Mezzotintpublished 14 November 1776
About the work
A group of mares and fouls are gathered by a rocky formation. To the left of the composition, is an impressive grey Arabian mare. Behind the horses is a low, thatched shed. To the right is a weeping willow and rhubarb plants can be seen to the left.
The original oil painting, on which this engraving is based, was exhibited at the Society of Artists, in London, in 1768 as ‘Brood Mares and Foals’. It is thought to have been commissioned by Colonel George Lane Parker of Woodbury, Cambridgeshire; the brother of the third Earl of Macclesfield. Parker was an important collector of works by George Stubbs. The painting was sold by a descendant of Parker in 2010.
This mezzotint print by Benjamin Green is reversed from the original painting. Green’s print was first published soon after the original work was painted and then exhibited at the same exhibition of the Society of Artists in 1768. However, the engraver sold his plate to publisher Sayer & Bennett in 1775 or 1776, who issued this subsequent mezzotint as the second of a series of six prints engraved by Green after paintings by Stubbs.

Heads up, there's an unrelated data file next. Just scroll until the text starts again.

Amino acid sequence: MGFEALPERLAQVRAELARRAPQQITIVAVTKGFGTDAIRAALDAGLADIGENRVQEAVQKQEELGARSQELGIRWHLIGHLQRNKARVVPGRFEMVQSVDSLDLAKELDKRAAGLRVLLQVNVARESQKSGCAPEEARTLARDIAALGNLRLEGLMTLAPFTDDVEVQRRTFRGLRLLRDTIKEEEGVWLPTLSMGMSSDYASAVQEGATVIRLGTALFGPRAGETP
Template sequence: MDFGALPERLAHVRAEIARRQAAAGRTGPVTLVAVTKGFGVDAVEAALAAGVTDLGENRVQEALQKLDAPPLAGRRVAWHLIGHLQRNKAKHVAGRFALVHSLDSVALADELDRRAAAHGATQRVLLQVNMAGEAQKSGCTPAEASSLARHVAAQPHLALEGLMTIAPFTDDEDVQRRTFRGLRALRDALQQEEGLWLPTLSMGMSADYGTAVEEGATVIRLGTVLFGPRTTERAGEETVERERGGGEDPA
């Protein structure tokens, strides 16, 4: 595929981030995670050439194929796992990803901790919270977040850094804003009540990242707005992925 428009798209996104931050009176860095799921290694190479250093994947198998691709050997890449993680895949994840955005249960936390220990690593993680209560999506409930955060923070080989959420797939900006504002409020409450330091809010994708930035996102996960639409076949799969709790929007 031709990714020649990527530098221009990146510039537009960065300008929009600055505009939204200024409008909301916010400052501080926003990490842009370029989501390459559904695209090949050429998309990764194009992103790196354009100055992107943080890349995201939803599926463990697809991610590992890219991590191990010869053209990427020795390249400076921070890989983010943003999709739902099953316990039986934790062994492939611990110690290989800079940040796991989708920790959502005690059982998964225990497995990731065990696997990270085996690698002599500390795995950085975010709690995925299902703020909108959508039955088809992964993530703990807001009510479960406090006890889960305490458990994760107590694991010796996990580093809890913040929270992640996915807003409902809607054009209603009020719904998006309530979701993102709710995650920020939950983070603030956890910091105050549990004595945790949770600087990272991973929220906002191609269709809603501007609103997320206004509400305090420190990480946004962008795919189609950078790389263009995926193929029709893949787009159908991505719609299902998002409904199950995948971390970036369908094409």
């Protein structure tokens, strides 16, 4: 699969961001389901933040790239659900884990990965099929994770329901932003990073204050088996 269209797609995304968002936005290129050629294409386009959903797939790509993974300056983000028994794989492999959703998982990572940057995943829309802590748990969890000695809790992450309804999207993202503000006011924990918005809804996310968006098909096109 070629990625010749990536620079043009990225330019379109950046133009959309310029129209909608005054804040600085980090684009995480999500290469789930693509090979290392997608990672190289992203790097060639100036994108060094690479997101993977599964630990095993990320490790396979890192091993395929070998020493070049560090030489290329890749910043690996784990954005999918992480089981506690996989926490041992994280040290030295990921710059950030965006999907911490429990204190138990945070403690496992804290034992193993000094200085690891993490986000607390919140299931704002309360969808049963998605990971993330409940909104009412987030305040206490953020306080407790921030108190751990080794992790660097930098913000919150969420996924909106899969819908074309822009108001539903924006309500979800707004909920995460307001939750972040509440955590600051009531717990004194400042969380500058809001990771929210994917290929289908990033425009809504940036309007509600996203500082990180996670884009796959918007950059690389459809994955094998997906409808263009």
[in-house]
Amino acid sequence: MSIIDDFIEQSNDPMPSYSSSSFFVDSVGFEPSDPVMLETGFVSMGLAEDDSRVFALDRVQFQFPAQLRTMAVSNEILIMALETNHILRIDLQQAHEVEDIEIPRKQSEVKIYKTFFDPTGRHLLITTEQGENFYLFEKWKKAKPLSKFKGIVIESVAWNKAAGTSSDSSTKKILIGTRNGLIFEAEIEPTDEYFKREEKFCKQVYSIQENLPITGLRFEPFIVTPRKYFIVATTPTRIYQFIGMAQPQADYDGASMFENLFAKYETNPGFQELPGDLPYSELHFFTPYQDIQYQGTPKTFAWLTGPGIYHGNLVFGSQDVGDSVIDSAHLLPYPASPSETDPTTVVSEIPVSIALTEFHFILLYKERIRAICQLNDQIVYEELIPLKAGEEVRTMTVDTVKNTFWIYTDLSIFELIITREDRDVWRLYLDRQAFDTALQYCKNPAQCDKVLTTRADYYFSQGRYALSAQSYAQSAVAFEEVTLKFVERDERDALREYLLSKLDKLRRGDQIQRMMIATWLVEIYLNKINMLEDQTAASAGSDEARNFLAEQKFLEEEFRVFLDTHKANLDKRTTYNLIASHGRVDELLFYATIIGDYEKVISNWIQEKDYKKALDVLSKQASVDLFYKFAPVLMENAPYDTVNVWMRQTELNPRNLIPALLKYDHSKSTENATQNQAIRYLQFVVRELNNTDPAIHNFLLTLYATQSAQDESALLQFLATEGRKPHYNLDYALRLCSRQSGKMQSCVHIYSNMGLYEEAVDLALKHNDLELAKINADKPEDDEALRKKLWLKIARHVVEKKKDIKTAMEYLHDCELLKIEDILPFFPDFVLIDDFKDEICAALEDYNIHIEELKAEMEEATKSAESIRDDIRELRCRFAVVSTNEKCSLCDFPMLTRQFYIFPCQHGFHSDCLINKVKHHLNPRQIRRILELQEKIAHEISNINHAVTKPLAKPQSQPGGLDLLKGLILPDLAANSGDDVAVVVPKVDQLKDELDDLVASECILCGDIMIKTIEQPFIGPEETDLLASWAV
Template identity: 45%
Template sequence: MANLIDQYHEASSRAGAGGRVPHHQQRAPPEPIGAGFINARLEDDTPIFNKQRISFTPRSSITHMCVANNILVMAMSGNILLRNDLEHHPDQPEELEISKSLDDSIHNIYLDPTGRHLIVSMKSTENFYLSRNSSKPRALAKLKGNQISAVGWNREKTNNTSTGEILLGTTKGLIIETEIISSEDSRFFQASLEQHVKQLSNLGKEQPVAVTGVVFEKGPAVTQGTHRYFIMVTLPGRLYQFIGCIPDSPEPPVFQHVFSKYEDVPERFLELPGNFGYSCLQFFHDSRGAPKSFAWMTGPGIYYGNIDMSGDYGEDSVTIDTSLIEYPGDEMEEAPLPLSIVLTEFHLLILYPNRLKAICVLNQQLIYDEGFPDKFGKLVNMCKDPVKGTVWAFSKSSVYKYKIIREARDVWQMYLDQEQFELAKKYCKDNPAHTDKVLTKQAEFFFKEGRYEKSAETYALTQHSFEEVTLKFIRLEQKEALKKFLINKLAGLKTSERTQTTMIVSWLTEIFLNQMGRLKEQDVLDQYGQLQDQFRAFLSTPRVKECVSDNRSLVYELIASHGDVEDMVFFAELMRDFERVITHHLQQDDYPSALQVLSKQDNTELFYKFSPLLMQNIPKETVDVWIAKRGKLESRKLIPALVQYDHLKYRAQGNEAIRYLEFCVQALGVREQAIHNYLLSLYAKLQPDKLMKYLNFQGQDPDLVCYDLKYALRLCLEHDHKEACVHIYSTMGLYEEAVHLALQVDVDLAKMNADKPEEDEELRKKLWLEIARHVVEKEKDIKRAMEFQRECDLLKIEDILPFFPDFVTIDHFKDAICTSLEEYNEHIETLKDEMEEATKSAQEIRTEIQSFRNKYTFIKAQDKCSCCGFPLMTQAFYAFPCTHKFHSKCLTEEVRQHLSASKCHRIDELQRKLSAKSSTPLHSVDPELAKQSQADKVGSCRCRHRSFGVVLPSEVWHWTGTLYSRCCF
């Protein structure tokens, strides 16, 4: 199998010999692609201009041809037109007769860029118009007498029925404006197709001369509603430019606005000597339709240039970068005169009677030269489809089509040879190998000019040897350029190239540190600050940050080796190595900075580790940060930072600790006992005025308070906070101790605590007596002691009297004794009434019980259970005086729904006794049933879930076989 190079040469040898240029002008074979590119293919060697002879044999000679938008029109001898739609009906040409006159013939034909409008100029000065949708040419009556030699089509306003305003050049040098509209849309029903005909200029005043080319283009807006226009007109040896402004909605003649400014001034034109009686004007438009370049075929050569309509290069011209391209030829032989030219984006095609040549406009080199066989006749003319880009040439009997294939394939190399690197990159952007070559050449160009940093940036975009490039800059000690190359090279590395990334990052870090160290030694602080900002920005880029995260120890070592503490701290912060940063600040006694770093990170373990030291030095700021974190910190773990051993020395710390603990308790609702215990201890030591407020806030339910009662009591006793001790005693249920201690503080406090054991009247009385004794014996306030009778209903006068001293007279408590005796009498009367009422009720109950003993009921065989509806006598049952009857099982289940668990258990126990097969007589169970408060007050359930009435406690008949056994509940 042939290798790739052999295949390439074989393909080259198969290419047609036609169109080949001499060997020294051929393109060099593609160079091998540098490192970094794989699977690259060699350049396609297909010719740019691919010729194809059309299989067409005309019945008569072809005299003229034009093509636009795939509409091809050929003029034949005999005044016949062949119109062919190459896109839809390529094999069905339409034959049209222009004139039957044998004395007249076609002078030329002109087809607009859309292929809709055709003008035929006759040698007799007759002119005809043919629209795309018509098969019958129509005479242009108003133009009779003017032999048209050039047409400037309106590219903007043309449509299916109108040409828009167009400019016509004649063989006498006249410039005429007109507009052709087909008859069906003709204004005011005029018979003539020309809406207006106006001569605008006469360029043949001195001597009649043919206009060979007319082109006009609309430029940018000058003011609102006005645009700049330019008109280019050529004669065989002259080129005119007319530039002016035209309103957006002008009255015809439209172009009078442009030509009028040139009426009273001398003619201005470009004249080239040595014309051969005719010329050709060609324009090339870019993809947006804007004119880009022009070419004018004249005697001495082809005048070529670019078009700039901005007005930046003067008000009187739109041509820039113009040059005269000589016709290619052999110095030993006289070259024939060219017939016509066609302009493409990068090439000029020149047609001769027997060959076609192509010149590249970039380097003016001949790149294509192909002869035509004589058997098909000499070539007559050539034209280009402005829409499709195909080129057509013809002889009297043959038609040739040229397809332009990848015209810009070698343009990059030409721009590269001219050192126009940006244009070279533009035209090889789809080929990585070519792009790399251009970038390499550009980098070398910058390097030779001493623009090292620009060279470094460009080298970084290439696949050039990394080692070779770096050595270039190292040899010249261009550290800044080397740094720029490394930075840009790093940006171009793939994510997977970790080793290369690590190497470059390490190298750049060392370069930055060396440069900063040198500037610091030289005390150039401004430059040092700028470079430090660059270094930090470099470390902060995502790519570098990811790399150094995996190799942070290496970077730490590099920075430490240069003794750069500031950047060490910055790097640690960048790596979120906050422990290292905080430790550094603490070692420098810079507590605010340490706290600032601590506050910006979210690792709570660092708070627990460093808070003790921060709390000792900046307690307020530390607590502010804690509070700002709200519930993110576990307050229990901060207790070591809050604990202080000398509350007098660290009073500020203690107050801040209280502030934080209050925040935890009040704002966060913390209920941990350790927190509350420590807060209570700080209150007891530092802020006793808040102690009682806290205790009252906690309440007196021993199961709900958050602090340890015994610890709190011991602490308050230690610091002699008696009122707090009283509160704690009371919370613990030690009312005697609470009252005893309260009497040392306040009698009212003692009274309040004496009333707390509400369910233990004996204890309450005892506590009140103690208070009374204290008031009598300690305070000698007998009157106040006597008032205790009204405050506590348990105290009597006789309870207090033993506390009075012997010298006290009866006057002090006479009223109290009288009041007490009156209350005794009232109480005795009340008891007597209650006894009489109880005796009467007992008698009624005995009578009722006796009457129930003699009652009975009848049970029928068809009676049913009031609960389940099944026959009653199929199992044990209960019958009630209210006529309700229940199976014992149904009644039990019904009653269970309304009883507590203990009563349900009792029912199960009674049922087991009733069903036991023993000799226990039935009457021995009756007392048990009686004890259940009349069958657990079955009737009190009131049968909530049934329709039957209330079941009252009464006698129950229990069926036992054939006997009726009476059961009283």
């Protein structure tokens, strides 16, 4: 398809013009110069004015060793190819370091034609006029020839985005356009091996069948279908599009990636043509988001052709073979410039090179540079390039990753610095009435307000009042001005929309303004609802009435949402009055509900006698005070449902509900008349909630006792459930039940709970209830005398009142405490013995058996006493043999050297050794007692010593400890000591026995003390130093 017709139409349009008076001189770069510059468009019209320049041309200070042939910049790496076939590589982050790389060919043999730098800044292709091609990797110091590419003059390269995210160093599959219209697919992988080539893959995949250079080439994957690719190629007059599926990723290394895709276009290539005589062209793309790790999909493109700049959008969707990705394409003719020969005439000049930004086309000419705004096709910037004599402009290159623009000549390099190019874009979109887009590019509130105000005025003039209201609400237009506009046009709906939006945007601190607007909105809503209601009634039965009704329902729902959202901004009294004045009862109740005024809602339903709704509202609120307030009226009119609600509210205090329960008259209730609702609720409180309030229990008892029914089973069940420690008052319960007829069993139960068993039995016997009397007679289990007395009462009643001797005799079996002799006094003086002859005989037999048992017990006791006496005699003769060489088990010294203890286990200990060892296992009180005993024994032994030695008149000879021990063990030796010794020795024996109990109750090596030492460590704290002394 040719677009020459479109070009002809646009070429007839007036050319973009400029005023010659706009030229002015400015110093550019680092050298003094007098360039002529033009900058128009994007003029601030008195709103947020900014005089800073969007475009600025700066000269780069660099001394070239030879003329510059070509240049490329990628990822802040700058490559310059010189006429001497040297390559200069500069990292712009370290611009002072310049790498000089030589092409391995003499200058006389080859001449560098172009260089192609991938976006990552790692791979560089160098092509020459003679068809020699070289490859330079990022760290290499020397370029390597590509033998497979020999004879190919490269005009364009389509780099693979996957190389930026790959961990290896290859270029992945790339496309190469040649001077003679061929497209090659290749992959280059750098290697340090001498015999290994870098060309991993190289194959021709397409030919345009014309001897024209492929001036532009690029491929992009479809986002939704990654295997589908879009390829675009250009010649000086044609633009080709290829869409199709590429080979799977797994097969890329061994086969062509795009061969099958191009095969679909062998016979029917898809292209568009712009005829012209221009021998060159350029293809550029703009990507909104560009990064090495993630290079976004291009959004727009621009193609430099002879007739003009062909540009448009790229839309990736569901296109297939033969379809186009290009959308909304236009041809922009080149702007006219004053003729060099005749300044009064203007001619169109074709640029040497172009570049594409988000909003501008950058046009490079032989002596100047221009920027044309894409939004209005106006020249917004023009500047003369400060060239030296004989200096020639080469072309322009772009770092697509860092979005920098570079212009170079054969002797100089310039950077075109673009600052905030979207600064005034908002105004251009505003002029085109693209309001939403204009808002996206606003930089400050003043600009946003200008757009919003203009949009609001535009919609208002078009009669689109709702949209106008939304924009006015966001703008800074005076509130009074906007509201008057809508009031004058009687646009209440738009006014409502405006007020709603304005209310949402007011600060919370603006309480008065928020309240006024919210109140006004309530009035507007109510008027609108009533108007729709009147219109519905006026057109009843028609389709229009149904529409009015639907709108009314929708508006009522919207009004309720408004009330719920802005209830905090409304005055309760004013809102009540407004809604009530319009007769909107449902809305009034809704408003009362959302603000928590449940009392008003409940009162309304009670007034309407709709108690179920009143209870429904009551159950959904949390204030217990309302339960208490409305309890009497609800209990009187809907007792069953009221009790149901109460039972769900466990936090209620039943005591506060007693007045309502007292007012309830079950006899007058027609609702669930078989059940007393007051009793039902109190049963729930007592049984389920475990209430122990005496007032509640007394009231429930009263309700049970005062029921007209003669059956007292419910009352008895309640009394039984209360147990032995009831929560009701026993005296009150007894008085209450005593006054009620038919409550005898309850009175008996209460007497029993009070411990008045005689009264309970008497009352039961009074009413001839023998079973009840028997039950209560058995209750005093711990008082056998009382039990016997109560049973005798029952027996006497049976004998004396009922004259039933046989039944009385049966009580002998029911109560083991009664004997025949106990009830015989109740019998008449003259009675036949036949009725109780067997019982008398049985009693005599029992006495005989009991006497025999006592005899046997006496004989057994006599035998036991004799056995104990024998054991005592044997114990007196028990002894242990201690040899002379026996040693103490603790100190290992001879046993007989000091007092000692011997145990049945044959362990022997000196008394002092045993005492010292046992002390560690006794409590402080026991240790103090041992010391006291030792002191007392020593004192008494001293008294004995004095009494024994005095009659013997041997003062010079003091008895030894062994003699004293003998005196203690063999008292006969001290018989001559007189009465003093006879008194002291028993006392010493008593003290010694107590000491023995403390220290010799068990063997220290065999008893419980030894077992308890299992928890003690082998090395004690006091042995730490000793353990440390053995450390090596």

About the artist
George Stubbs was born in Liverpool; the son of a currier. He worked with his father before assisting Hamlet Winstanley. From 1745 he studied anatomy at York County Hospital and later made studies in horse anatomy, drawing and dissecting horses with the assistance of Mary Spencer, his common-law wife. He moved to London in c.1759 and published ‘Anatomy of the Horse’ (1766). Patrons included the second Marquess of Rockingham. He exhibited at the Society of Artists (1761-74), serving as Director (1765-74), Treasurer (1768-72) and President (1772-73). He was elected a Royal Academician but failed to submit his diploma work. His final publication compared the anatomies of a human, tiger and common fowl (published 1804-06). He died aged 81.
Benjamin Green was from Shropshire. After his elder brother, James, succeeded George Vertue as engraver for Oxford University and the Society of Antiquaries, he took over engraving the University almanacs, producing plates for those of 1760-62 and 1766. In 1762 he was appointed Assistant Drawing Master to Christ’s Hospital (charity school) in Newgate, becoming Drawing Master in 1766. He exhibited with the Incorporated Society of Artists (1765-74) and became a director in 1771. He engraved nine large mezzotints after works by George Stubbs. After 1771 Green mostly engraved plates for books on drawing, but also made etchings after his own landscapes and was one of the first to use soft ground etching. He died at Christ’s Hospital, aged c.59.